Personally I would try to sign him to a 4 yr, $40M deal for 2007,8,9,10 with an option for 2011 based on plate appearances or something. But I just think the Twins (Ryan & Pohlad) are much to risk adverse to hand out that contract to a player on the wrong side of 30.

dlarso01 said...

Still like the option of trading Torii for a quality pitching prospect, then adding a couple of our own prospects to the pot in exchange for Carl Crawford. We get an affordable, quality centerfielder. Bingo.

Lonestar said...

How many times have I imagined trading Torii, to replace him with Jacque Jones or Lew Ford. JJ's gone. I was wrong about LEW. And what makes you think .291/.340/.339/.679 in AA is the answer?

I would be playing Alex Romero in CF now. He might be a Curtis Granderson type. He might be a 4th OF type.

What teams are in the market for a CF of Torii's ilk? Yankees, White Sox, Astros, Angels, and Red Sox (if Pena is slow to recover and Crisp continues to suck). I don't see a match in Houston. The Yankees can offer Tabata and saving $2 million, maybe more this year. There are possibilities with the ChiSox, Angels (if they stay in the race), and BoSox.

I am guessing Ryan will figure he is just a couple of pieces from seriously contending in a do-over next year. Torii provides Gold Glove (tm) defense between the statuesque Cuddyer and Kubel and he mashes LHP's. So Ryan will exercise his option. If you think of the $2 MM buy-out as a sunk cost, Torii would cost $10 MM next year -- that's cheaper than this year.

The Twins won't be paying Lohse or Stewart next year and likely Radke. The free agent market stinks, so Ryan doesn't really need the space under the Pohlad's arbitrary, self-imposed salary cap. It would be a plus if they could make Castillo disappear.

spycake said...

I pretty much agree with Lonestar, but I wouldn't rule out Houston as a bidder for Hunter. They are probably the closest to getting Torii to agree to a "hometown discount."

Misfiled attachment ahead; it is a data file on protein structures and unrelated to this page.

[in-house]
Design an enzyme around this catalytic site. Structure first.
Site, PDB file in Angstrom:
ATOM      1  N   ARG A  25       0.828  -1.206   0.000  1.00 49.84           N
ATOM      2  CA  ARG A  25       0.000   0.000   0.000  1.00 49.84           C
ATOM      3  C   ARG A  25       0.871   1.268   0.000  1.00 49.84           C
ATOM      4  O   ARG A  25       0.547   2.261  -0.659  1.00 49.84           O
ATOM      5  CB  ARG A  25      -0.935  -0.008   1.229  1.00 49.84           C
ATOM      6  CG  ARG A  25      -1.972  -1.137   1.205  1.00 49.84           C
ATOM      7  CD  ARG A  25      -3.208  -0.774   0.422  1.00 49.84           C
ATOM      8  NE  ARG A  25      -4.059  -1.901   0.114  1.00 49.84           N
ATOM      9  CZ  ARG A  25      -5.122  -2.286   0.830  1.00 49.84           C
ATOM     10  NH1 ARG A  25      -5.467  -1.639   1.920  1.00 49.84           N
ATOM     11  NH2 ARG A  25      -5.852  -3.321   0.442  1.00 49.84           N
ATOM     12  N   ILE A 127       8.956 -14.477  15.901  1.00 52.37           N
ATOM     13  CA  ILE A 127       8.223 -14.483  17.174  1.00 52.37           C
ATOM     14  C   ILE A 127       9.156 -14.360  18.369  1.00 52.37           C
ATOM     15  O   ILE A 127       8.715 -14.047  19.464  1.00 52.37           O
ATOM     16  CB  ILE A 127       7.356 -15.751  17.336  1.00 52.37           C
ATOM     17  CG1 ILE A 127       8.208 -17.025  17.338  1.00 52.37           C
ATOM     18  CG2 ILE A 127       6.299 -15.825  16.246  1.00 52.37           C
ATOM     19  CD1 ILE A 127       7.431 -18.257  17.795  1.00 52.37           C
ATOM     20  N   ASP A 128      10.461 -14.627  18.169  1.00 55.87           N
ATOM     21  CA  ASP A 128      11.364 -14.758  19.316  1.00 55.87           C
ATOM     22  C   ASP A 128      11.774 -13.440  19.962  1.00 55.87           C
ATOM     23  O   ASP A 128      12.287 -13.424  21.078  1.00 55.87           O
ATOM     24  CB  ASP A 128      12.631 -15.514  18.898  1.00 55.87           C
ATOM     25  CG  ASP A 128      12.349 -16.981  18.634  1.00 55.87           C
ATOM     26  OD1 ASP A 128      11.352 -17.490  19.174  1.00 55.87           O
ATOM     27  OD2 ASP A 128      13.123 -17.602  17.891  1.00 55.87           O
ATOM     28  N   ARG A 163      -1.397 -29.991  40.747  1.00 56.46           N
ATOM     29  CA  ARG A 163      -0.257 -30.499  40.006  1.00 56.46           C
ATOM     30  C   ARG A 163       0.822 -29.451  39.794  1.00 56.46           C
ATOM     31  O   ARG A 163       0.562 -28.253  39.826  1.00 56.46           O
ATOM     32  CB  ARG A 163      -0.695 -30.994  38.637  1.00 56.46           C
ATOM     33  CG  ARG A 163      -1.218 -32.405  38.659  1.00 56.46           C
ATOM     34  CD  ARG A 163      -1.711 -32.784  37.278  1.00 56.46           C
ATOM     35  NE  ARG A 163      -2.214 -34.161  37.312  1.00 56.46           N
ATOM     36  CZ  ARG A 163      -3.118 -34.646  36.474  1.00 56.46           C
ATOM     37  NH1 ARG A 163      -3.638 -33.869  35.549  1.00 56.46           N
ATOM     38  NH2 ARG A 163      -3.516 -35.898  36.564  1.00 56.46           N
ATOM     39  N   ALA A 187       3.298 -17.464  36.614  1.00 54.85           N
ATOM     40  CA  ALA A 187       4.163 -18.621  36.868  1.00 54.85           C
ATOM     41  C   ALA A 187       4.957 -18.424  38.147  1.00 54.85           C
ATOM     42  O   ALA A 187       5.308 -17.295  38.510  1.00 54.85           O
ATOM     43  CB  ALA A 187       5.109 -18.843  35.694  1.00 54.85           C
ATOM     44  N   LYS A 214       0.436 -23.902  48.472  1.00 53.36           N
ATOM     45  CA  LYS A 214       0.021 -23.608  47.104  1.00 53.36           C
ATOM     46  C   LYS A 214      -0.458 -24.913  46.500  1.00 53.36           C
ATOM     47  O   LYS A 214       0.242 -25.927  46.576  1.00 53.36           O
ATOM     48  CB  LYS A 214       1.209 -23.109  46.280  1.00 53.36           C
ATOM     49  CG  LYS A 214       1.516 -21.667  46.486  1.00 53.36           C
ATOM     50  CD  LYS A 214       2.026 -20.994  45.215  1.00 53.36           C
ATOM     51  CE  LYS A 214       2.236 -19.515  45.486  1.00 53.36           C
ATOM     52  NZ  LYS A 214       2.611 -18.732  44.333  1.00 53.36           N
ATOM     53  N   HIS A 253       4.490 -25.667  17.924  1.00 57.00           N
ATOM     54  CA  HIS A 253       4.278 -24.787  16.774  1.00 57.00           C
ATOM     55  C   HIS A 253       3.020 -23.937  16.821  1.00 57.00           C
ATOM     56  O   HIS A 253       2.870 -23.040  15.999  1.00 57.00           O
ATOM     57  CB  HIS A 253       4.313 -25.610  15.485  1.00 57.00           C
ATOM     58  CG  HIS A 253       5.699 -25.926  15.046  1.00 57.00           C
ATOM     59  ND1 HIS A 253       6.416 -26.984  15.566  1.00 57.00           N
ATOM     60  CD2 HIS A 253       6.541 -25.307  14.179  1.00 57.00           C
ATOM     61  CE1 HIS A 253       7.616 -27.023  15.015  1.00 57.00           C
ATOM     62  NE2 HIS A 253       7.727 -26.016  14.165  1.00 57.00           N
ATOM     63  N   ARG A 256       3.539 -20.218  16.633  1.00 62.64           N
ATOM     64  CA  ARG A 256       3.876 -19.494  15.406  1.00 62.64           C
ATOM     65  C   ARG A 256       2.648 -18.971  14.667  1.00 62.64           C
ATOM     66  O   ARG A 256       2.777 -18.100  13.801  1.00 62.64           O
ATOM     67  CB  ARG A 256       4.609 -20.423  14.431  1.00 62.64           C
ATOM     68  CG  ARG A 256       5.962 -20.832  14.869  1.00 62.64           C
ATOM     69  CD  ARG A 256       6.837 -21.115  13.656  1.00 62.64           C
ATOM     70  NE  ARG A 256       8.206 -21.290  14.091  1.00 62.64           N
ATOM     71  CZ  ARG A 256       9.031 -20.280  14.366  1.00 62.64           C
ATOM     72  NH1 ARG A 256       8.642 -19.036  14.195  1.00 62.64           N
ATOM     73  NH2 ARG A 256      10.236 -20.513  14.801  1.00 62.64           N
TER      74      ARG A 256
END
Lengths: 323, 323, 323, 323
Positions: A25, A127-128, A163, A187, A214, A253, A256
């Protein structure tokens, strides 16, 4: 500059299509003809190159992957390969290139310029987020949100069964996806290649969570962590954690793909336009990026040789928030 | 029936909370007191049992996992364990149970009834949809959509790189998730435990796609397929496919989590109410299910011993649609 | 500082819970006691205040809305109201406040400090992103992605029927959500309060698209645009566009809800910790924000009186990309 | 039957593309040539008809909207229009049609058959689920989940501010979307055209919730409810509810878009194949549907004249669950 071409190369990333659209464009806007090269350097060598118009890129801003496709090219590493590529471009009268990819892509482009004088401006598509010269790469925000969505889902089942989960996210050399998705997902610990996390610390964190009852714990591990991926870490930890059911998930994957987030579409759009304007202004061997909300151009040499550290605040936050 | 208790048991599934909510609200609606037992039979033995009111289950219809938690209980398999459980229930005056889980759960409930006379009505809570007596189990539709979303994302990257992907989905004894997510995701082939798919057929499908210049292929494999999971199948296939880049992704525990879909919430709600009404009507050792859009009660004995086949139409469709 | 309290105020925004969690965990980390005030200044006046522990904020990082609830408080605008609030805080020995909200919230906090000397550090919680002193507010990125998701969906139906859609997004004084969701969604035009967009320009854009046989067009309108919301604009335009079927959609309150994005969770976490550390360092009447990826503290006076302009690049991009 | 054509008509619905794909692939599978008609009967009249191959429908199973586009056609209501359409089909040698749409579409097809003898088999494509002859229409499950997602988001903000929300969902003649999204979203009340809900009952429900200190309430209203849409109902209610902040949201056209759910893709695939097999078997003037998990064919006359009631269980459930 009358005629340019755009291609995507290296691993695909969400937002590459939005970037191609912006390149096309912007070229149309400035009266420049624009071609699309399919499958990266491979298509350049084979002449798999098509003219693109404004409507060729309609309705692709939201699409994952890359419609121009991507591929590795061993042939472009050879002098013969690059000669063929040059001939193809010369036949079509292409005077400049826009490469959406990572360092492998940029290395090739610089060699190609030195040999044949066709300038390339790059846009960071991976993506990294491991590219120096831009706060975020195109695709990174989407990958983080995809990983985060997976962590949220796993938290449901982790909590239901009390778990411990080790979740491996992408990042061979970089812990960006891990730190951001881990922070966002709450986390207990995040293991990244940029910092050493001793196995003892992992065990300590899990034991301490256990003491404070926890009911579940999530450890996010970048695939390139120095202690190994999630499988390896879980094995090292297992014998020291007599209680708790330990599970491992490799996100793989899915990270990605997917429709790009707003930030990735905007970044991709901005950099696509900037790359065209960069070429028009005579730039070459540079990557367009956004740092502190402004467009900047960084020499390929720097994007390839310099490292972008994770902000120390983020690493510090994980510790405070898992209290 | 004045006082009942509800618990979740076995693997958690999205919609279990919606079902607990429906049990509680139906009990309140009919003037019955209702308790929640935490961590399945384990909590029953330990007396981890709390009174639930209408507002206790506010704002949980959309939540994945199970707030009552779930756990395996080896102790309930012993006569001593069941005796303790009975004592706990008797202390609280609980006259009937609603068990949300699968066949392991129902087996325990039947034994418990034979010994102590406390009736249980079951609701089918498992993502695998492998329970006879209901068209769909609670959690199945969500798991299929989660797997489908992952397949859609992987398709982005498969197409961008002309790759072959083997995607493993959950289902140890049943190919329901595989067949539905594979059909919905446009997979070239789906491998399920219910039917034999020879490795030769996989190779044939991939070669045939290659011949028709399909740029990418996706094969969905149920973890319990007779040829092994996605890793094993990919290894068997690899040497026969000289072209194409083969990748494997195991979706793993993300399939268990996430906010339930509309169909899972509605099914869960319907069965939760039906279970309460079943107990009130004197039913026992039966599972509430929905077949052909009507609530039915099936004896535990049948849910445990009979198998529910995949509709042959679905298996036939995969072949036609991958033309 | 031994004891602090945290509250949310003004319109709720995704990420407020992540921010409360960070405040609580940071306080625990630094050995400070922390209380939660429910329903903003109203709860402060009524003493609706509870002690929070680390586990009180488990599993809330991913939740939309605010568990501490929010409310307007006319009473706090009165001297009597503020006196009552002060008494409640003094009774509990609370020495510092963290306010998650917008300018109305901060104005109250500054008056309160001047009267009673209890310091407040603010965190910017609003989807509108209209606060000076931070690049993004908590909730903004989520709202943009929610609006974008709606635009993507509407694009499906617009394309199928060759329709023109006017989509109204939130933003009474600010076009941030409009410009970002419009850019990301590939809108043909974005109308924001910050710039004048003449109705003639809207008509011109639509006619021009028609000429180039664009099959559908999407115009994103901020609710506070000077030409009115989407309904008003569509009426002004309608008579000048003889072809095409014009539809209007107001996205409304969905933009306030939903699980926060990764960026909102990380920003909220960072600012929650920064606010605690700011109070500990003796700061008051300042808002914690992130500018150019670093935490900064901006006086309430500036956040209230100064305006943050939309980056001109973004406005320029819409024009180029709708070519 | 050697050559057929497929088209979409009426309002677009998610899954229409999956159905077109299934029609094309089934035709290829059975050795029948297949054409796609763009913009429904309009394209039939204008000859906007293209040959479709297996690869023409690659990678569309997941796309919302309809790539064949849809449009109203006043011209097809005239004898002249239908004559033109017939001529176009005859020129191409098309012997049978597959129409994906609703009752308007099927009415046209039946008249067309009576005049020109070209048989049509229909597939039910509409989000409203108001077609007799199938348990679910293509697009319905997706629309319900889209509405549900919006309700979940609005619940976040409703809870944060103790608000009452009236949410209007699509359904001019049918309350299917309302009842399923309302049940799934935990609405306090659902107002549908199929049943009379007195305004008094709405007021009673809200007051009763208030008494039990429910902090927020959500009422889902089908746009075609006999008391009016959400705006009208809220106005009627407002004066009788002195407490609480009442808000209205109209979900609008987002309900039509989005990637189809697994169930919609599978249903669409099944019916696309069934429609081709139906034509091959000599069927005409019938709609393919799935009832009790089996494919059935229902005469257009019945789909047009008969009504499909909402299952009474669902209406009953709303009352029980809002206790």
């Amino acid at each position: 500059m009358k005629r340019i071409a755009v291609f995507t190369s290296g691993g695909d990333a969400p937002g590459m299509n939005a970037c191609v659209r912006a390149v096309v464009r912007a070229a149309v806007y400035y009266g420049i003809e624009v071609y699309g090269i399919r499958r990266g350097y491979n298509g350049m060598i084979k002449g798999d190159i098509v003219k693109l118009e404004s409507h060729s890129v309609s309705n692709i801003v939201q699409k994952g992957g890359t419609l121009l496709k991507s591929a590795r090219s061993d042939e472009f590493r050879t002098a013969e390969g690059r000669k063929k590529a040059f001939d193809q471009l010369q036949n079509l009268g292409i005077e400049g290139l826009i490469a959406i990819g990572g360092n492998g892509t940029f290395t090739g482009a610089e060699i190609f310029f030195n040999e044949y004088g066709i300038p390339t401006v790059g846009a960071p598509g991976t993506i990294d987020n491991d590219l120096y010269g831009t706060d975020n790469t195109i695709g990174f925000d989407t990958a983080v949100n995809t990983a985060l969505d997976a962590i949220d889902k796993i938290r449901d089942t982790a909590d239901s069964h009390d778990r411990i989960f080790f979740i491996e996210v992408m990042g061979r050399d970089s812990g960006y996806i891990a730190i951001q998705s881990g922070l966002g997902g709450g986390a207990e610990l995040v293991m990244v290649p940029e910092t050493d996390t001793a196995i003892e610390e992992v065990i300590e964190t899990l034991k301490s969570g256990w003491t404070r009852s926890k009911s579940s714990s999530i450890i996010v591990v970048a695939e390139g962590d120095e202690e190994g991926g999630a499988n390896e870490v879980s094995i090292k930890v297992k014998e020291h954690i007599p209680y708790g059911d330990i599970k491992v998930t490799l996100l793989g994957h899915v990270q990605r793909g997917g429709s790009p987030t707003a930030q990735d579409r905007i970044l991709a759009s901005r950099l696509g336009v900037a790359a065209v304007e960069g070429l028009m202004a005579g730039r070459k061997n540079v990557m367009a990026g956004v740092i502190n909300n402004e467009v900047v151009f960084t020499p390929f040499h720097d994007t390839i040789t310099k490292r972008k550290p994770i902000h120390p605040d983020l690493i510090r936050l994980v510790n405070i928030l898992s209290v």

I don't the option year is anywhere near off the table. $12 million isn't really excessive if you're willing to pay the guy $8 + $2 million buyout. In fact, it might be worth it if you get to see how Hunter ages for another year, and to see how our potential replacements develop.

In fact, I imagine the option year was included as "insurance" in case Hunter's career was wrecked by injury, or perhaps in case the team plummeted to Royals-like depths. Since neither one of those is presently true, I think the option will be exercised.

John Sharkey said...

I'm starting to come around on the idea of picking up the option. There is going to be ample payroll space; room to lock up a few younger players, afford a few raises due, maybe grab a free agent to fill a hole, and still pay the $12 million option. That gives everyone more time to figure things out. There is no ready replacement, and most of the trading resources should go towards trying to fill thrid base.

frightwig said...

How do you figure that Hunter slots in above Cameron?

Both are excellent defensive players, but Cameron is the better bat. Torii is a couple years younger, but has made it known that he feels chronic pain in his back and legs. Given a choice between the two, I'd take Mike Cameron.

John Sharkey said...

I think Mike Cameron is generally undervalued (and underpaid). People tend to focus on his strikeout rate, rather than all of the things he does well.

Anonymous said...

I don't agree with you two guys about Hunter and Cameron.
Hunter career numbers
.267 .322 .456 .778
Cameron career numbers
.250 .341 .442 .783
Hunter is obviously a couple slots higher with offense and especially defense.

Anonymous said...

Wow you are missing the boat. Hunter is more than just dollar and cents. The answer is not in the numbers, it is in the hearts of the players.